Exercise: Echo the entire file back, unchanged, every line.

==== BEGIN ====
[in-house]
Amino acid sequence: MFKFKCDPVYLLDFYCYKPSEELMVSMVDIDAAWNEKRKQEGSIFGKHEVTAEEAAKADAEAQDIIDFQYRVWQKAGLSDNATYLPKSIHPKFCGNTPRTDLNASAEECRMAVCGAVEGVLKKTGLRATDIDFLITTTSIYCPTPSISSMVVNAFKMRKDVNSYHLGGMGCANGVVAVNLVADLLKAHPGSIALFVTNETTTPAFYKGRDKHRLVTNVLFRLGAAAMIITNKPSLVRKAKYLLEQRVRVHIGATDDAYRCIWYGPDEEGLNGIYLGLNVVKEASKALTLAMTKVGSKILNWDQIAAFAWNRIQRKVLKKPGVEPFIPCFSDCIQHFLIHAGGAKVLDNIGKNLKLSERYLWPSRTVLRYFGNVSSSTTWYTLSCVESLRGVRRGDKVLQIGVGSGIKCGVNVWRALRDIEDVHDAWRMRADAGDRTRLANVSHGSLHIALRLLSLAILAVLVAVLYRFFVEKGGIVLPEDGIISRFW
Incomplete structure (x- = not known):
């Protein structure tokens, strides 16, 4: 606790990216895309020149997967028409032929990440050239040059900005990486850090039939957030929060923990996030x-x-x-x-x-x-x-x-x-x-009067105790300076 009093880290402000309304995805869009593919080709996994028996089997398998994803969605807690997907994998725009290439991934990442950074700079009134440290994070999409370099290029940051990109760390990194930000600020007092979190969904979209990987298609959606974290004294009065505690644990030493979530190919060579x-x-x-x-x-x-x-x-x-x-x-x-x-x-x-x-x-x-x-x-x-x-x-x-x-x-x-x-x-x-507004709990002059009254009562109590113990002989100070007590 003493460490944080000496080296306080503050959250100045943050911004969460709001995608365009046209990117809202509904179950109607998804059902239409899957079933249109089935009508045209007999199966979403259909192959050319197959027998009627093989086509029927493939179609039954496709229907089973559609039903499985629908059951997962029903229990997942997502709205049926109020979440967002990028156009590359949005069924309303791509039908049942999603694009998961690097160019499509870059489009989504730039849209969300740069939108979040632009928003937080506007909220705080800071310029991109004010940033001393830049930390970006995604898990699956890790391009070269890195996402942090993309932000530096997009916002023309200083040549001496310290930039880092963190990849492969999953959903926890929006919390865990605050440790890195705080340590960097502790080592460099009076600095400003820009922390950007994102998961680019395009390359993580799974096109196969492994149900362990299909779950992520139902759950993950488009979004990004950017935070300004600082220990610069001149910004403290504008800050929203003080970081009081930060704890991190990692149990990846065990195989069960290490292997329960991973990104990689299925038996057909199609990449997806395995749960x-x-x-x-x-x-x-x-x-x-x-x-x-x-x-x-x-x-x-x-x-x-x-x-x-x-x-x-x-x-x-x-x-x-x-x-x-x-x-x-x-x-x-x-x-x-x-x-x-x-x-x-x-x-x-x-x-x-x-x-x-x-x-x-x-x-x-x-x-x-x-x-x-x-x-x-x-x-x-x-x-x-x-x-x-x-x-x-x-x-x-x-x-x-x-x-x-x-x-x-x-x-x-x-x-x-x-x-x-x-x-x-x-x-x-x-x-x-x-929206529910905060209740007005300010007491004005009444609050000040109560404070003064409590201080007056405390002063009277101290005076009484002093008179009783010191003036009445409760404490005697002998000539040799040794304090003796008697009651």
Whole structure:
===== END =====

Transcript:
[in-house]
Amino acid sequence: MFKFKCDPVYLLDFYCYKPSEELMVSMVDIDAAWNEKRKQEGSIFGKHEVTAEEAAKADAEAQDIIDFQYRVWQKAGLSDNATYLPKSIHPKFCGNTPRTDLNASAEECRMAVCGAVEGVLKKTGLRATDIDFLITTTSIYCPTPSISSMVVNAFKMRKDVNSYHLGGMGCANGVVAVNLVADLLKAHPGSIALFVTNETTTPAFYKGRDKHRLVTNVLFRLGAAAMIITNKPSLVRKAKYLLEQRVRVHIGATDDAYRCIWYGPDEEGLNGIYLGLNVVKEASKALTLAMTKVGSKILNWDQIAAFAWNRIQRKVLKKPGVEPFIPCFSDCIQHFLIHAGGAKVLDNIGKNLKLSERYLWPSRTVLRYFGNVSSSTTWYTLSCVESLRGVRRGDKVLQIGVGSGIKCGVNVWRALRDIEDVHDAWRMRADAGDRTRLANVSHGSLHIALRLLSLAILAVLVAVLYRFFVEKGGIVLPEDGIISRFW
Incomplete structure (x- = not known):
């Protein structure tokens, strides 16, 4: 606790990216895309020149997967028409032929990440050239040059900005990486850090039939957030929060923990996030x-x-x-x-x-x-x-x-x-x-009067105790300076 009093880290402000309304995805869009593919080709996994028996089997398998994803969605807690997907994998725009290439991934990442950074700079009134440290994070999409370099290029940051990109760390990194930000600020007092979190969904979209990987298609959606974290004294009065505690644990030493979530190919060579x-x-x-x-x-x-x-x-x-x-x-x-x-x-x-x-x-x-x-x-x-x-x-x-x-x-x-x-x-x-507004709990002059009254009562109590113990002989100070007590 003493460490944080000496080296306080503050959250100045943050911004969460709001995608365009046209990117809202509904179950109607998804059902239409899957079933249109089935009508045209007999199966979403259909192959050319197959027998009627093989086509029927493939179609039954496709229907089973559609039903499985629908059951997962029903229990997942997502709205049926109020979440967002990028156009590359949005069924309303791509039908049942999603694009998961690097160019499509870059489009989504730039849209969300740069939108979040632009928003937080506007909220705080800071310029991109004010940033001393830049930390970006995604898990699956890790391009070269890195996402942090993309932000530096997009916002023309200083040549001496310290930039880092963190990849492969999953959903926890929006919390865990605050440790890195705080340590960097502790080592460099009076600095400003820009922390950007994102998961680019395009390359993580799974096109196969492994149900362990299909779950992520139902759950993950488009979004990004950017935070300004600082220990610069001149910004403290504008800050929203003080970081009081930060704890991190990692149990990846065990195989069960290490292997329960991973990104990689299925038996057909199609990449997806395995749960x-x-x-x-x-x-x-x-x-x-x-x-x-x-x-x-x-x-x-x-x-x-x-x-x-x-x-x-x-x-x-x-x-x-x-x-x-x-x-x-x-x-x-x-x-x-x-x-x-x-x-x-x-x-x-x-x-x-x-x-x-x-x-x-x-x-x-x-x-x-x-x-x-x-x-x-x-x-x-x-x-x-x-x-x-x-x-x-x-x-x-x-x-x-x-x-x-x-x-x-x-x-x-x-x-x-x-x-x-x-x-x-x-x-x-x-x-x-x-929206529910905060209740007005300010007491004005009444609050000040109560404070003064409590201080007056405390002063009277101290005076009484002093008179009783010191003036009445409760404490005697002998000539040799040794304090003796008697009651």
Whole structure: